Planning Your Outdoor Kitchen

 In Home Improvement, Real Estate Articles

The backyard has never been more functional and elegant that it is now with the trends in outdoor kitchens. What better way to take advantage of outdoor entertaining space, than to have all you need to prepare your meal at your fingertips!  The effort that is put into the designs, with comfort, beauty, and efficiency combined, is truly extra-ordinary. From the state-of-the-art stainless appliances to outdoor wet bars, brick ovens, combinations of gas and charcoal grills and smokers, you can practically smell the BBQ just looking at the pictures!

Now, these outdoor kitchens can of course be tailored to fit your pocketbook, so don’t think for a moment that you need to spend a year’s salary to put in a beautiful and functional kitchen in your outdoor space. However, no matter what price point you are in, you are still going to need to deal with extending power (and possible natural gas), to your chosen appliances.

Making changes to wiring or plumbing in your house to accommodate the outdoor kitchen typically accounts for a significant portion of the installation costs. You can avoid the need for natural gas or propane, for instance, but that means you will have to wait longer for the grill to be ready for your use. It takes time for charcoal and wood to be ready for cooking. Let’s take a look at what you need you need to consider. Modifications to your home utilities can account for a significant portion of your outdoor kitchen installation. A closer look at the costs associated with extending your utilities can help you decide between gas, propane, electric, charcoal, and wood cooking units.

A recent survey by HomeAdvisor shows that homeowners on average spend about $12,000 for an outdoor kitchen is around $11,700–but that number can increase dramatically if you start adding in very expensive appliances and furnishings – up to approximately $35,000. If you are really on a tight budget, you may need to opt for propane as your fuel of choice, and forego the running water.

Natural Gas and Propane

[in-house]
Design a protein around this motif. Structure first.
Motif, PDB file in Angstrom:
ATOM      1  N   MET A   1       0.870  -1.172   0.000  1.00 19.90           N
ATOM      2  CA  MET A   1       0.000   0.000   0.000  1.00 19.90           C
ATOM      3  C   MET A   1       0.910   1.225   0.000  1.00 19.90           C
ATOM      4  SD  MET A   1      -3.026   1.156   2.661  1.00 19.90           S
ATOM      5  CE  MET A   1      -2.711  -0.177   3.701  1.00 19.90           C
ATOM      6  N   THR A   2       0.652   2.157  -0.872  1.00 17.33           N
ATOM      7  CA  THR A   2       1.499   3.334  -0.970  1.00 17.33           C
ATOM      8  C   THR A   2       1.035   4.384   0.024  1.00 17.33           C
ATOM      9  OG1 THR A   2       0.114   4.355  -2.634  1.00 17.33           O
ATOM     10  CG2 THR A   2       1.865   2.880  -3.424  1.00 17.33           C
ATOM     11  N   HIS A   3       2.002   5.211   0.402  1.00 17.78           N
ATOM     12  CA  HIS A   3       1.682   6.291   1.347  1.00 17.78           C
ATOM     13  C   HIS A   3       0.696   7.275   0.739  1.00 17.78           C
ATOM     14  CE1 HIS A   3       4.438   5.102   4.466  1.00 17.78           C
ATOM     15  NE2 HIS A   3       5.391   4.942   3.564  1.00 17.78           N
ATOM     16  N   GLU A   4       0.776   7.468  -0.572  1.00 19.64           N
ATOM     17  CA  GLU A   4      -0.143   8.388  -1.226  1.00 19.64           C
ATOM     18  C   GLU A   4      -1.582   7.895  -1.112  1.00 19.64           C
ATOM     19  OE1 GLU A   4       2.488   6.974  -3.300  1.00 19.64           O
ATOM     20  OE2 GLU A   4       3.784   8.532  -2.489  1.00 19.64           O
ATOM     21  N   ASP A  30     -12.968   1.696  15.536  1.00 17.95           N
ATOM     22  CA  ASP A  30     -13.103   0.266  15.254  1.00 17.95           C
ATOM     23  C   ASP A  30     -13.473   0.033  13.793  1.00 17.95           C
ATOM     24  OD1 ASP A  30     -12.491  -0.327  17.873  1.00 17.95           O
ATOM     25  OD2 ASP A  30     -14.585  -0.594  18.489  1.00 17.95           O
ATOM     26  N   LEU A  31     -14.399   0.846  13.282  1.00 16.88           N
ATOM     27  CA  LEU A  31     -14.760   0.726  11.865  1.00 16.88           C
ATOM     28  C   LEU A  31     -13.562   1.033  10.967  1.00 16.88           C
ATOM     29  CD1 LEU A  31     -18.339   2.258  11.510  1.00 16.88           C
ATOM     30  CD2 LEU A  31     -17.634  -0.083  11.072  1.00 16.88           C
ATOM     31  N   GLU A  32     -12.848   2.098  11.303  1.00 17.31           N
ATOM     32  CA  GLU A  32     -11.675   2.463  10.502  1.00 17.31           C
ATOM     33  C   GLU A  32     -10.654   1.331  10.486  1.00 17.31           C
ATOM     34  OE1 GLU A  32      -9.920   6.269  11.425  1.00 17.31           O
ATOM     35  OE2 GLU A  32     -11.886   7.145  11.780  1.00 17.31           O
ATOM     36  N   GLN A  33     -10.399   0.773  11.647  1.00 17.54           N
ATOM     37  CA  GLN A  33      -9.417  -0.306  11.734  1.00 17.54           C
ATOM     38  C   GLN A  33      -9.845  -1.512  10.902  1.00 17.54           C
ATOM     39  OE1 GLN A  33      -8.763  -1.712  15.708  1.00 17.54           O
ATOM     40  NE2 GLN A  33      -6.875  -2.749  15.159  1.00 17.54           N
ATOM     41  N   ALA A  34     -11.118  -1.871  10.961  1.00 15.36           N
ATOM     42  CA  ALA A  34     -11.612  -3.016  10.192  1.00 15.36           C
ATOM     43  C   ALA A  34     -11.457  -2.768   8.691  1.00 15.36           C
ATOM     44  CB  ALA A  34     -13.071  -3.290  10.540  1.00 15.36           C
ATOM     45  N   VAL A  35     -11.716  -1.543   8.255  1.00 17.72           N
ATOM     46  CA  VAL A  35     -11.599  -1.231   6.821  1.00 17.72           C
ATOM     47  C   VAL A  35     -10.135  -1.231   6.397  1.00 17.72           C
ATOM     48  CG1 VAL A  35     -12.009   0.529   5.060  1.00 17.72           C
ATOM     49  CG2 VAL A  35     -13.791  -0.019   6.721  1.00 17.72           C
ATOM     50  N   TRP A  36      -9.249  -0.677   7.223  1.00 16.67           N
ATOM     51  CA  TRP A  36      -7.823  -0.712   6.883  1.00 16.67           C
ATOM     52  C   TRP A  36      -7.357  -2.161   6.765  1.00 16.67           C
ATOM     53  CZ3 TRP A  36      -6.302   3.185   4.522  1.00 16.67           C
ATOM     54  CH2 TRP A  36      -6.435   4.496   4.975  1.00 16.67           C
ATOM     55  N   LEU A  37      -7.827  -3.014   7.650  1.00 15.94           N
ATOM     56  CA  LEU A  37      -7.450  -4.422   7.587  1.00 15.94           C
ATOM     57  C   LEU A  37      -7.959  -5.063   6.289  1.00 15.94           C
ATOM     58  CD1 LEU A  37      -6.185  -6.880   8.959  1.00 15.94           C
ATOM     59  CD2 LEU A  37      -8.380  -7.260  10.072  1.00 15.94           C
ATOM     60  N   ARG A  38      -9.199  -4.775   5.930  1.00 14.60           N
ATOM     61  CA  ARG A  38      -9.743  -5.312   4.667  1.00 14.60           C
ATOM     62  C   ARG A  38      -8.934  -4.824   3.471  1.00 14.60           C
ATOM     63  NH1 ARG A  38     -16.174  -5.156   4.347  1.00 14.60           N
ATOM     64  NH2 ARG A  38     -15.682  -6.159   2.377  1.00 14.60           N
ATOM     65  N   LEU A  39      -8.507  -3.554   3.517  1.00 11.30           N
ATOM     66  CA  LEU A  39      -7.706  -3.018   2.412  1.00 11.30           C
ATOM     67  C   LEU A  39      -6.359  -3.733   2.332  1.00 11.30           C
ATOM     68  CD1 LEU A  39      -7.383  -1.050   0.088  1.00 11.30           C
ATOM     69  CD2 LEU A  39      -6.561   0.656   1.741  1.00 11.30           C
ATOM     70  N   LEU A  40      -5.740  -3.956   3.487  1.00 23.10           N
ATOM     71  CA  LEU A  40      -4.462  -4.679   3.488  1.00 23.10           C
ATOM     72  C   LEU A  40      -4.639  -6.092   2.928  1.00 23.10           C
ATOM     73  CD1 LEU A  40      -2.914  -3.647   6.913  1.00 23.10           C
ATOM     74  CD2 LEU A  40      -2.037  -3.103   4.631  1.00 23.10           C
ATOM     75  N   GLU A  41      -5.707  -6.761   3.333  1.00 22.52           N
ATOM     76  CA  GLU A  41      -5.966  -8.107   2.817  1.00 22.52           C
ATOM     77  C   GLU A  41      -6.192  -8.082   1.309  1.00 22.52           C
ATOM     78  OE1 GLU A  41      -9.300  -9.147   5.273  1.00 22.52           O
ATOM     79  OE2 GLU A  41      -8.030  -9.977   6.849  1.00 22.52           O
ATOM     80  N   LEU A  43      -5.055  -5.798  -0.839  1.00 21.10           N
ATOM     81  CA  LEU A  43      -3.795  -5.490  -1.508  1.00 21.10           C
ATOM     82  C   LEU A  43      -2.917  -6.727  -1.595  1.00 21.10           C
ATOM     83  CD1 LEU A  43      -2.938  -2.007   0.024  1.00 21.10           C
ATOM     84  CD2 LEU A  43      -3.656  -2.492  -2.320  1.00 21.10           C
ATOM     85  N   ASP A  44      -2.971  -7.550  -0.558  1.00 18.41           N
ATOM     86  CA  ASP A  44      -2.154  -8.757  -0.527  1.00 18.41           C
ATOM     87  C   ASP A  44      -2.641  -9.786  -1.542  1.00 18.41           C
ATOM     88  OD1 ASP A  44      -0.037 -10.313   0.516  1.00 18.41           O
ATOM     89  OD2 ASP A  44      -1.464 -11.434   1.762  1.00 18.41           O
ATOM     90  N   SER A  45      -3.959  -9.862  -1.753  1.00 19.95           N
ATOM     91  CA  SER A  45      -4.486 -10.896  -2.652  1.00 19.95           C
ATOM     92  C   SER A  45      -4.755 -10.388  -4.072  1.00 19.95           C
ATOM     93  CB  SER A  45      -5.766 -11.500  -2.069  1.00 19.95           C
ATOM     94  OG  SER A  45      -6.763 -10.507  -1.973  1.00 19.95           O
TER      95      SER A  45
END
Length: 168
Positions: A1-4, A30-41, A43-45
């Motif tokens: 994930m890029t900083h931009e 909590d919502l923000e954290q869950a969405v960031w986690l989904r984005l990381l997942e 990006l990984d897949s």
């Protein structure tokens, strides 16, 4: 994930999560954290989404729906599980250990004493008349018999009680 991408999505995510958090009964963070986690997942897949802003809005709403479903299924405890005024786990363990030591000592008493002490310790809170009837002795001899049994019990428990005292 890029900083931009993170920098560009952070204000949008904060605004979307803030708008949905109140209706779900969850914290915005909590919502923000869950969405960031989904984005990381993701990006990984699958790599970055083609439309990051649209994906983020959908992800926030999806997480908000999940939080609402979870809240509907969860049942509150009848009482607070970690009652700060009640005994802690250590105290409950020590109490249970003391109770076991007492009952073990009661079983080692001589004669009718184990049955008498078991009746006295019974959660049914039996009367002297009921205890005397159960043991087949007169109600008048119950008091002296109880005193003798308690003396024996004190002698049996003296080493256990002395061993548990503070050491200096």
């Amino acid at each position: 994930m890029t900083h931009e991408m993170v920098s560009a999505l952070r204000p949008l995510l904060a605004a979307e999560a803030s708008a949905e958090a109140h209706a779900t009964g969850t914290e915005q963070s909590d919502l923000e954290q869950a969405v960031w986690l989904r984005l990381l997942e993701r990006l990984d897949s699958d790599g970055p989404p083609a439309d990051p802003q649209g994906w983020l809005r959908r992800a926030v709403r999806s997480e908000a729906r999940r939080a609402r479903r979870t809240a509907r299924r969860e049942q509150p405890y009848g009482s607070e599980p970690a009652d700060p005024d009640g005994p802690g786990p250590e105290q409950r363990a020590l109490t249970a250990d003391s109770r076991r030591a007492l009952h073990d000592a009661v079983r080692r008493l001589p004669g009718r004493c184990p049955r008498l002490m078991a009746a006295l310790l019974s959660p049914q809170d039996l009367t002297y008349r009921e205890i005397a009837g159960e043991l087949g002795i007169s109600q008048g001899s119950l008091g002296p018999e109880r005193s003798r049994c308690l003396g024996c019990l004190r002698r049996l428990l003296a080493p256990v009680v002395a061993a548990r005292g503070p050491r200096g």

Natural gas is the optimal choice. It is often more economical than propane, and it burns cleaner. It also gives you options of a variety of secondary appliances, such as stove-top burners, ovens and outdoor heaters. However, using natural gas is more complex. With propane, it’s simply a matter of purchasing a tank, and refilling it periodically. For natural gas, you actually have to have special plumbing installed to extend your home’s natural gas lines to your outdoor kitchen. If you do not already have natural gas in your home, you may need to tap into the main line, and have a meter installed, which involves the gas company.

DIY-ers would not typically install their own gas lines, as it requires specialized knowledge, skills and tools, and you may need to hire a licenses plumbing contractor in order to get the past the permitting and inspections, and the work will have to comply with all local building codes. You may also be required to have a dedicated shut-off valve for the lines outside, and the routing of the pipes will have to be carefully planned and measured to make sure they reach your appliances properly. And let’s face it – we are talking about an explosive, flammable gas, here. For peace of mind, you really need to let the experts handle it.

Electricity

Of course, you could do without electricity to your outdoor kitchen. Solar lighting and candles can substitute for electrical outdoor lights. However, solar power simply won’t keep your outdoor refrigerator, electric smoker, and you it may be handy to have an outlet or two conveniently located for small appliances such as coffee makers or ice makers when needed. Because the electrical lines will be installed outside, all will need ground fault circuits that resist moisture penetration.

Most of the time, you can simply tie into your home’s electrical panel. However, if you plan to have multiple appliances and multiple outlets wired in, then your electrician may suggest that you install a dedicated electrical panel with its own breaker. This will ensure you have space to expand in the future if needed, and you have enough empty circuits with the correct amperage to power your kitchen.

For safety reasons, using a professional electrician, who is familiar with all applicable codes, would be preferred.

Plumbing

A skilled DIY-er may be able to handle plumbing for running water, especially if the outdoor kitchen will be close to the house. Close proximity makes it easier to tie into the existing plumbing system of the house, and to feed the wastewater back to the drainage system at the home. You will need to consider whether or not you need hot and cold running water, as this will add a bit of complexity. You will also need to plan for some restoration work, as you may need to cut through the side of the house or through the foundation, in order to run the pipes out to the outdoor kitchen. If you have a concrete patio, you may need to demolish some of the concrete to run the pipe, then patch it up when complete.

If you aren’t confident in your skills, then you will want to err on the side of caution and hire a plumbing contractor.

Let my team at Keystone Realtors® meet all your real estate needs. Paul Phangureh has over 16 years of experience in buying and selling in the Santa Clara and San Mateo County areas, specializing in the high-end, luxury market, as well as commercial and multi-use real estate. We can help you navigate the process of getting started with real estate investment. Visit our website at Keystonesv.com for listings and information. You can contact Paul at 650-924-2544, or email at [email protected].